Advocates of the programs in AZ, PA and GA will tell you that there's nothing wrong with their laws, that they work just fine. Many of the scholarship organizations in those states are accountable and serve low income kids. But articles like this hurt our movement's ability to bring choice to low income children in other states. It also allows Democrats (and some Republicans) to say, "see, we told you that parental choice is just a front to enable well off, white parents to get their tuition paid." It makes it harder for us to make choice a bipartisan issue.
We invited the writer on several occasions to come to Florida and observe our operation, but she declined—of course it didn't match her narrative. But the movement left itself wide open on this one.
And below is a response by Checker Finn and Adam Emerson, which begins:
It's hard to get past the New York Times's animus toward anything "private" or profit-seeking in the realm of K-12 education, particularly when investigative reporter Stephanie Saul applies her own biased and acidic pento the topic. And Tuesday's interminable "expose" of state-level tax-credit scholarship programs certainly deepens one's impression that the writer (and, presumably, her editors) is in love with anything that smacks of "public dollars" or "public schools" and at war with anything that might be seen as diverting even a penny from state coffers into the hands of parents to educate their kids at schools of their choice. Never mind whether the public schools they are exiting are good or bad, nor whether the dollars being spent by those schools are well-targeted on high-quality instruction or frittered away on over-generous benefits for underemployed custodians and their retired pals.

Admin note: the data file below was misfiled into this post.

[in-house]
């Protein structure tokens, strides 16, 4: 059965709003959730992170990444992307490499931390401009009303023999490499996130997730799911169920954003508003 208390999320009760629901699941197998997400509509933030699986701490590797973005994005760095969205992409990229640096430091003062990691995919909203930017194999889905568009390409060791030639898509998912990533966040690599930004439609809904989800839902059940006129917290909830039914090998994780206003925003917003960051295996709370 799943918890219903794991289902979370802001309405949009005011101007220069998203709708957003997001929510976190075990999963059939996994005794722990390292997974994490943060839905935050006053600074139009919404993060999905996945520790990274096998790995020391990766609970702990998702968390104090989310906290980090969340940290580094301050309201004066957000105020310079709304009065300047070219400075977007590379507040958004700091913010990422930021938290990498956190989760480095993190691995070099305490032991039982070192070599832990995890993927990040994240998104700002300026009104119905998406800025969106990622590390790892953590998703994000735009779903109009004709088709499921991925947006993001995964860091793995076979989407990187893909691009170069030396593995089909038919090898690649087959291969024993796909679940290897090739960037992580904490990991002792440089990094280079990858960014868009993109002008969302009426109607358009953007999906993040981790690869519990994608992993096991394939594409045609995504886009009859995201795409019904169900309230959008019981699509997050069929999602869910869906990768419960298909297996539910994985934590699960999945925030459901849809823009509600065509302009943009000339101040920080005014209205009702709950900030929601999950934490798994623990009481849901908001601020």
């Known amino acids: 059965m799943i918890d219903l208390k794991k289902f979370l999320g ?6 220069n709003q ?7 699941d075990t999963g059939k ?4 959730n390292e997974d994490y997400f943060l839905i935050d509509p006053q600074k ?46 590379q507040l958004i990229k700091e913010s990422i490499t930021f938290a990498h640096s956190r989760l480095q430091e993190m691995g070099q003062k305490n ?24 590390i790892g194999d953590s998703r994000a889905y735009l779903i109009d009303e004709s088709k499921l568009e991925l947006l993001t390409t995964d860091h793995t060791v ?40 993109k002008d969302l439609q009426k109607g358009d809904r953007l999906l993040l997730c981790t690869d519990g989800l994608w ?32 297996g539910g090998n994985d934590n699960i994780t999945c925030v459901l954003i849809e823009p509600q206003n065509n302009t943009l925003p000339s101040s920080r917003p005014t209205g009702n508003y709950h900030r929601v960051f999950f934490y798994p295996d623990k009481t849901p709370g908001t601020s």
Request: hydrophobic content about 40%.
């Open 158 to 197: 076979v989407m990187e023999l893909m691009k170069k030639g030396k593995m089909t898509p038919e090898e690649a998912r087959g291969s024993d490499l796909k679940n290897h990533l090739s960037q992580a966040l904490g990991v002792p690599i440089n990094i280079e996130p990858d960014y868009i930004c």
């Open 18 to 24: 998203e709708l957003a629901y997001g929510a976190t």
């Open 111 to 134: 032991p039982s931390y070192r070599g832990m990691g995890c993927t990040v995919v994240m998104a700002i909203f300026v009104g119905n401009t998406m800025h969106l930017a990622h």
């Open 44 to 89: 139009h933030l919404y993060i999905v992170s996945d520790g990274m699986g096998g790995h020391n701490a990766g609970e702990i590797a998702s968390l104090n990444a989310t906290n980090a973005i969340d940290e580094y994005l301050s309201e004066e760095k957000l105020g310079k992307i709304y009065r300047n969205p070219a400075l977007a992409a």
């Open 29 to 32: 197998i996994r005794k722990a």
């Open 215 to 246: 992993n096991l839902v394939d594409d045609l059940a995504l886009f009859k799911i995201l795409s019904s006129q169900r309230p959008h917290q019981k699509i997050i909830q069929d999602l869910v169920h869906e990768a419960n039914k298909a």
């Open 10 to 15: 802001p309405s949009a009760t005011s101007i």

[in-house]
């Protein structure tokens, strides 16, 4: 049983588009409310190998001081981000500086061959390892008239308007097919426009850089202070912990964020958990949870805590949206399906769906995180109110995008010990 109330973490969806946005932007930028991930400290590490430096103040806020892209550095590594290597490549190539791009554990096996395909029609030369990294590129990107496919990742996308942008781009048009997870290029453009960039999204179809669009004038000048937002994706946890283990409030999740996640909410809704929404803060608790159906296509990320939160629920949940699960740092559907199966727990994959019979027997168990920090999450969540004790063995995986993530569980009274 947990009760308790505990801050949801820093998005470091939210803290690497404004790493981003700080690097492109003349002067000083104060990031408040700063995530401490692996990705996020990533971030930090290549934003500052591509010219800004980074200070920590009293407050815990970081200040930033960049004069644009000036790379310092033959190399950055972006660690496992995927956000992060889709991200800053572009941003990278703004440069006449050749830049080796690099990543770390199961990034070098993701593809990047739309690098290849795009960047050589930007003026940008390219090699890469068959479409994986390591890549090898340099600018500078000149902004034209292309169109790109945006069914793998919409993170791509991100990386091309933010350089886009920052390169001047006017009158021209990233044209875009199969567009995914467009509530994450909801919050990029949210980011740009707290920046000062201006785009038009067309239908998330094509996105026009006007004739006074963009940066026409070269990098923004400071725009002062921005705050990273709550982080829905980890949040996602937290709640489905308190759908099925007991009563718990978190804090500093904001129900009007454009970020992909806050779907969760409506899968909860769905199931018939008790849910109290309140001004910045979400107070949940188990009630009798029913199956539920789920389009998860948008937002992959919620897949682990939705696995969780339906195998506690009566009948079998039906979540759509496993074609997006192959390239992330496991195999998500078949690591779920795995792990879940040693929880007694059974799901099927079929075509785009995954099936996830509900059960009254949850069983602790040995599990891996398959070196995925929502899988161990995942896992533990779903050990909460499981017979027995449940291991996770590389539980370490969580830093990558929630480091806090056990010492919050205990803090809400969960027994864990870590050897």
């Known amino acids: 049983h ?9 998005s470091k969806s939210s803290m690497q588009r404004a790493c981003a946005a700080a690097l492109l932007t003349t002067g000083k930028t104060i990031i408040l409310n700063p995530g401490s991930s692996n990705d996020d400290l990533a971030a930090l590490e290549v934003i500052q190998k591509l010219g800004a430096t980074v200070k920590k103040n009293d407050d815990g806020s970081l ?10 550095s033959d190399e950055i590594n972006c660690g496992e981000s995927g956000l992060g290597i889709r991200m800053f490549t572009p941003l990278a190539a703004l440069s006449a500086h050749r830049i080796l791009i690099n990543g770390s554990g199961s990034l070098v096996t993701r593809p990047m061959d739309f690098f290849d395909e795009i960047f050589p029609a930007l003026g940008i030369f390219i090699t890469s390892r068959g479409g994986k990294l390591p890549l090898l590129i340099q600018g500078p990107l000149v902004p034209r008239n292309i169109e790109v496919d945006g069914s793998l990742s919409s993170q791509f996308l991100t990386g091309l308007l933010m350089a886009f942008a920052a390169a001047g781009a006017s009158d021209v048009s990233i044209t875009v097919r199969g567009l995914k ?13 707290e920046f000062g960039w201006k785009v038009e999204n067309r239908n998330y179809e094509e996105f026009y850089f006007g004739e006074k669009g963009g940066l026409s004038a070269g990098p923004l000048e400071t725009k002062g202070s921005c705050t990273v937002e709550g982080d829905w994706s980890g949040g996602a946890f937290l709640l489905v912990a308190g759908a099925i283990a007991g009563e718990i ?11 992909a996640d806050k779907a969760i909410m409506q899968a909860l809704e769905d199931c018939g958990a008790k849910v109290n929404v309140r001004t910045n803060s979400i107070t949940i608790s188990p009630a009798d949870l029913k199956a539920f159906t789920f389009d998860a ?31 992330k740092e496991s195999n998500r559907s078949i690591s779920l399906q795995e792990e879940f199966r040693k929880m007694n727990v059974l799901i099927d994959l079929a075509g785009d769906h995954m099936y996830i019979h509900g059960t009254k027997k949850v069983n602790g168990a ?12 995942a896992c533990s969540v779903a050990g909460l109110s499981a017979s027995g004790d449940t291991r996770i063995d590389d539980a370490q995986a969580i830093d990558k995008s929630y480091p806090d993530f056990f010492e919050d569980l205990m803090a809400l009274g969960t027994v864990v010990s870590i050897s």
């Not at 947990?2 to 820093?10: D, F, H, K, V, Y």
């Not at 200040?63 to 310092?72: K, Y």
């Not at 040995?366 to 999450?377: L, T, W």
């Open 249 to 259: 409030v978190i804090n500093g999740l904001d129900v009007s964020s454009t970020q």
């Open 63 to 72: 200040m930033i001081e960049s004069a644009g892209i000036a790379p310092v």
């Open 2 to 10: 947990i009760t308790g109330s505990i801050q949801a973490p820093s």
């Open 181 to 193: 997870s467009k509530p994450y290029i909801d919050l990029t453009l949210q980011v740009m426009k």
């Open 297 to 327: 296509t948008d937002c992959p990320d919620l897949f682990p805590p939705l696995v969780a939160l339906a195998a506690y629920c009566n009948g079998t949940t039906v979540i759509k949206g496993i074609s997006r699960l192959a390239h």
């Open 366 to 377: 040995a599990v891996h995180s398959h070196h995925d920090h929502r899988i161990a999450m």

Having gotten that out of the way, it's also worth learning that while some of these state programs (especially Florida's) are models of sound policy, efficient administration, and careful targeting of available resources, some others appear to be burdened by dubious practices on the part of schools, donors, elected officials, and maybe parents, too.
Public Money Finds Back Door to Private Schools
Niko J. Kallianiotis for The New York Times
THE MONEY FINDS A HOME Hadyn Packer, 8, at a check presentation at St. John Neumann Regional, a Catholic school in Williamsport, Pa.
Published: May 21, 2012 243 Comments
Tax credit scholarships need a critical, not hostile, eye
Chester E. Finn, Jr. and Adam Emerson / May 22, 2012